Essay Of Civil Disobedience
Here in Massachusetts, there are merchants and farmers who go along with government policy because they are more interested in making money than in doing justice to fellow human beings. Too many of them sit back and allow others to carry out this task for them.By failing to act to initiate reform I believe that those who support abolition of slavery should immediately withdraw their support of the Massachusetts government rather than wait and go through channels.If they have God on their side, they have reason enough to act at once without official approval.If even only one honest man would stand on principle and be willing to go to jail for his action, we could abolish slavery in America.This campaign earned him the title of Father of India" and a lasting place in history as one of the 20th Centurys greatest leaders. Martin Luther King, Jr., in his successful nonviolent campaign in the 1960's to achieve civil rights for black Americans.In his autobiography, King wrote, No other person has been more eloquent and passionate in getting this idea [passive resistance to injustice] across than Henry David Thoreau.Unfortunately, factions of powerful self-interest groups sometimes manipulate the government into carrying out actions that offend the conscience of upright citizens. It is an unjust war that seeks to annex Mexican land and then establish slavery on it.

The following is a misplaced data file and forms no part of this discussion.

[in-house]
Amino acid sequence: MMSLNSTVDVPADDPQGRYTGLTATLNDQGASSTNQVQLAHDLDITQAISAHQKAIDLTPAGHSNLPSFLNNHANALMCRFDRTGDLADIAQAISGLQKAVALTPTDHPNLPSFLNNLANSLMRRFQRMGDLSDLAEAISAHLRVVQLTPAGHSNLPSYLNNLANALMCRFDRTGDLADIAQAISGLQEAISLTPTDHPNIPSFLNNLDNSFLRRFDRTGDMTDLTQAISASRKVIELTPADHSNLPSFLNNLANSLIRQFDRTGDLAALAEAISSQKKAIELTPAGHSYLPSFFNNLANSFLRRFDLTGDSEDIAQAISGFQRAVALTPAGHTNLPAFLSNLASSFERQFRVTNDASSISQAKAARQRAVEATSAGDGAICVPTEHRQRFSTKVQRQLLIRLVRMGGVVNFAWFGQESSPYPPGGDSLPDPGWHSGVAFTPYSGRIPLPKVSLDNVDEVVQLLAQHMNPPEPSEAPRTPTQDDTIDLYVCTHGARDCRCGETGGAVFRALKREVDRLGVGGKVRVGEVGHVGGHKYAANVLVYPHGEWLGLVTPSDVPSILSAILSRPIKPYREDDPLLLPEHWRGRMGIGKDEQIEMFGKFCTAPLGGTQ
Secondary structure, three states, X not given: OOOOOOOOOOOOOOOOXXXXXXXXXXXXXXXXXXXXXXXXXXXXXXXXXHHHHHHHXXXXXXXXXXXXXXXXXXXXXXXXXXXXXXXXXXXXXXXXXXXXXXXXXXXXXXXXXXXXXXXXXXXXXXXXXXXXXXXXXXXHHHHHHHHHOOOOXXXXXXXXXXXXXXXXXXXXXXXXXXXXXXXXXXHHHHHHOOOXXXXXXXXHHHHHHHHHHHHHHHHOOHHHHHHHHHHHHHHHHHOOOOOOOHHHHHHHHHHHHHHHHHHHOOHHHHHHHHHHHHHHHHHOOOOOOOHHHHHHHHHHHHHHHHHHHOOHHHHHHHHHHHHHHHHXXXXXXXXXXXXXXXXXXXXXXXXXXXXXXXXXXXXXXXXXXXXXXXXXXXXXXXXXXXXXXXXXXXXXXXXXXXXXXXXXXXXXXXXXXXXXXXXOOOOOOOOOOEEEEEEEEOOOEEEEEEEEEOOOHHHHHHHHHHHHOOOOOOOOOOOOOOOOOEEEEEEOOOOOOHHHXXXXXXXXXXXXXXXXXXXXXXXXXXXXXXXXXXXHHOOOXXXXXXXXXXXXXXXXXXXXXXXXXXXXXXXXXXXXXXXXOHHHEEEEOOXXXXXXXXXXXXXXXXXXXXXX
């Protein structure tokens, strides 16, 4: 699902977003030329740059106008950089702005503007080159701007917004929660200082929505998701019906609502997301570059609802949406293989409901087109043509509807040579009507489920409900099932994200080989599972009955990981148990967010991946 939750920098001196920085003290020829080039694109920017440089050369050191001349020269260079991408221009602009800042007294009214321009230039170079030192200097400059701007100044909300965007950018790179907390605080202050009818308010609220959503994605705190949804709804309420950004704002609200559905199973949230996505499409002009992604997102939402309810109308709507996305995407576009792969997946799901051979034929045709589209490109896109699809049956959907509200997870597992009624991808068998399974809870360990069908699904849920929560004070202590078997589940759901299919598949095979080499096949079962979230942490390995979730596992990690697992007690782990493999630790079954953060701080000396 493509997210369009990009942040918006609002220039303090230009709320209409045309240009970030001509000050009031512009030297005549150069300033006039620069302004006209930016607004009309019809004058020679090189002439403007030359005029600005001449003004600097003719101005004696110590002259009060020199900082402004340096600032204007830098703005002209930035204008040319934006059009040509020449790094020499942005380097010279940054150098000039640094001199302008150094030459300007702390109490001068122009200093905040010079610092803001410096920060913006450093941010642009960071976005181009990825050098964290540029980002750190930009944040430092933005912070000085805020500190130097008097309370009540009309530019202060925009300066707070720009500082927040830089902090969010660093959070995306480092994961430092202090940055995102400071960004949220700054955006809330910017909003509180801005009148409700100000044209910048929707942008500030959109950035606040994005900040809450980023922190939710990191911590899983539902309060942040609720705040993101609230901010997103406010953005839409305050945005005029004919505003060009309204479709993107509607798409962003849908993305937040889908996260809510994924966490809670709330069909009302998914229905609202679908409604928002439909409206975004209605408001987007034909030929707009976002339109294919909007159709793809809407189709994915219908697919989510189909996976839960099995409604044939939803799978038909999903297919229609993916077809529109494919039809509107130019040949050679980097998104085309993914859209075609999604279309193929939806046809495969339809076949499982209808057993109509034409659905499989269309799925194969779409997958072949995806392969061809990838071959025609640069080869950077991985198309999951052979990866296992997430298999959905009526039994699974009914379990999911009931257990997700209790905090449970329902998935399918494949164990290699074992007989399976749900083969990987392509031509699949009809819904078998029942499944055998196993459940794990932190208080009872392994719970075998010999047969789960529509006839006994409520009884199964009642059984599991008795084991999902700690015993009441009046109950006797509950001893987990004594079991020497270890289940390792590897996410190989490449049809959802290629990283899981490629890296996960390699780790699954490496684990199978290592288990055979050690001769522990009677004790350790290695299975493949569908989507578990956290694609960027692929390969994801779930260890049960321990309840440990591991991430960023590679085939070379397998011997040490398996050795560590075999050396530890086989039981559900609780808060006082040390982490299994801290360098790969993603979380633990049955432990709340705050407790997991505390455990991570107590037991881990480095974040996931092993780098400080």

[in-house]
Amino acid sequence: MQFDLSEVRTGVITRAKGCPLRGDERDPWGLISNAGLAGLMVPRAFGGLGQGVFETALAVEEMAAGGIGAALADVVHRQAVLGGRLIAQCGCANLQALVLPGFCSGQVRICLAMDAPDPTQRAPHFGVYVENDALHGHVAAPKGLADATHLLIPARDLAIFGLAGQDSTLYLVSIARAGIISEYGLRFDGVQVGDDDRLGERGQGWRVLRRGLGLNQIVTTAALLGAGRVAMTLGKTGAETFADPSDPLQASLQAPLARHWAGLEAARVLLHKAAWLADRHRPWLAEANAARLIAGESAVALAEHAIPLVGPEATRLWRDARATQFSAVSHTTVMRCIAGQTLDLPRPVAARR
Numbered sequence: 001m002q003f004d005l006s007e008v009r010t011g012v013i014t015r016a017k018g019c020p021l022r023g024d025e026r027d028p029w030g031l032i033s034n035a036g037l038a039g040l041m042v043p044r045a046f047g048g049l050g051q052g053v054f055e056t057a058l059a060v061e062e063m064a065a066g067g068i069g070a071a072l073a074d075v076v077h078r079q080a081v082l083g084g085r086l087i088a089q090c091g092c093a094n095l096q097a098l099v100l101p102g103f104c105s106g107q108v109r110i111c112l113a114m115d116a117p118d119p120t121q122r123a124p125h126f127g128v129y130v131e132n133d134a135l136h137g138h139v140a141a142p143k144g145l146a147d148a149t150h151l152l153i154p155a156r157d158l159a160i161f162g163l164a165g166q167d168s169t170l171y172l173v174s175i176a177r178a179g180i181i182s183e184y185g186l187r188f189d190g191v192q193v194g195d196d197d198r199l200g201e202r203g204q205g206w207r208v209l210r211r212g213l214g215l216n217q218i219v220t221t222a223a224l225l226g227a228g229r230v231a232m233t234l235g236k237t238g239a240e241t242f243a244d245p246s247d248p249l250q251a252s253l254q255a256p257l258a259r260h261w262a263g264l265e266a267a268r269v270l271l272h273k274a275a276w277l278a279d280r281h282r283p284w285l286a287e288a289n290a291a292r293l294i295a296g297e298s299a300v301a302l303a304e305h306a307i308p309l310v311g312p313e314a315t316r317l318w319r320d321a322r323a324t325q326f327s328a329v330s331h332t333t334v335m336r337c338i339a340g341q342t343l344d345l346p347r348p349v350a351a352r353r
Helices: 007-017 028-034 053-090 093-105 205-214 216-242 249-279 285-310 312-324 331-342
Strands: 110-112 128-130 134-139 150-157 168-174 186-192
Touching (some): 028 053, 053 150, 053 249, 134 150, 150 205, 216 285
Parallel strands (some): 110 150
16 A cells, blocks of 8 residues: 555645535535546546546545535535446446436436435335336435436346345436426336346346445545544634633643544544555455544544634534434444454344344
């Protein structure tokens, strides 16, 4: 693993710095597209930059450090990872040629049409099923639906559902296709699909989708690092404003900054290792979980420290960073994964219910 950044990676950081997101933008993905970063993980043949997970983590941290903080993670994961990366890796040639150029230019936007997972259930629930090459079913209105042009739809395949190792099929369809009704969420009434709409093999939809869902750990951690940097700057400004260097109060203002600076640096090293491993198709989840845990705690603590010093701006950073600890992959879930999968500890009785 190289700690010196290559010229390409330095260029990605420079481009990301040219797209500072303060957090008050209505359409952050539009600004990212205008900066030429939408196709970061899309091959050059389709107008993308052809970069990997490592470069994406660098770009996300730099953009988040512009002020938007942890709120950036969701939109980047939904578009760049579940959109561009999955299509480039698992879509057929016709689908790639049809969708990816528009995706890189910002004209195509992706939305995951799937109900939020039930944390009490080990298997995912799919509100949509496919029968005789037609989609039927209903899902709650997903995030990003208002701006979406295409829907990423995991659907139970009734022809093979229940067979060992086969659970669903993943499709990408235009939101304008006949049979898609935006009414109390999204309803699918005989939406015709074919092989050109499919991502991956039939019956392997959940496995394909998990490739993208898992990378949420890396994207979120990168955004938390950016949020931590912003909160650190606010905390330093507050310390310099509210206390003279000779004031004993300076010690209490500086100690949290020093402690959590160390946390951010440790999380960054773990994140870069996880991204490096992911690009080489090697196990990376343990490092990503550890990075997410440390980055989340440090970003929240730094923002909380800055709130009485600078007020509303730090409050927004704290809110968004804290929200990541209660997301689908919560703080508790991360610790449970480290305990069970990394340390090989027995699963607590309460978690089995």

One may liken this inborn knowledge to conscience or intuition.As a result of his writings and personal witness, we are the heirs of a legacy of creative protest."Henry David Thoreau was born in Concord, Mass., on July 12, 1817.After graduating from Harvard University in 1837, he taught school but quit after a few weeks, then worked for a short while for his father, a pencil-maker.In May 1849, it was published under the title "Resistance to Civil Government" in Aesthetic Papers, a short-lived journal of transcendentalist Elizabeth Peabody (1804-1894).In 1866, four years after Thoreau's death, the essay was published under its permanent title, "Civil Disobedience," in a Thoreau collection entitled A Yankee in Canada, with Anti-Slavery and Reform Papers.They should even be willing to go to jail rather than yield to immoral or unethical government laws and activities.Thoreau believed every human being has inborn knowledge that enables him to recognize and understand moral truth without benefit of knowledge obtained through the physical senses.Using ideas promoted in Hindu and Christian philosophy, as well as tactics espoused by Thoreau and Russian writer Leo Tolstoy, Gandhi led a successful campaign of passive resistance in South Africa between 18 to obtain civil rights for immigrants from India.But rather than terming his philosophy of peaceful agitation either civil disobedience or passive resistance, he called it satyagraha (pronounced SAHT ya GRUH ha), a Hindi (Indo-Aryan language) word via sanskrit (old Indo-European language).This word means grasping for truth" or attachment to truth." In effect, this philosophy asked its followers to endure suffering, instead of causing it, to achieve its aims.After World War I, Gandhi returned to his native India to lead a movement against British rule of that country, enlisting millions of supporters in a nonviolent movement that resulted in Indian independence.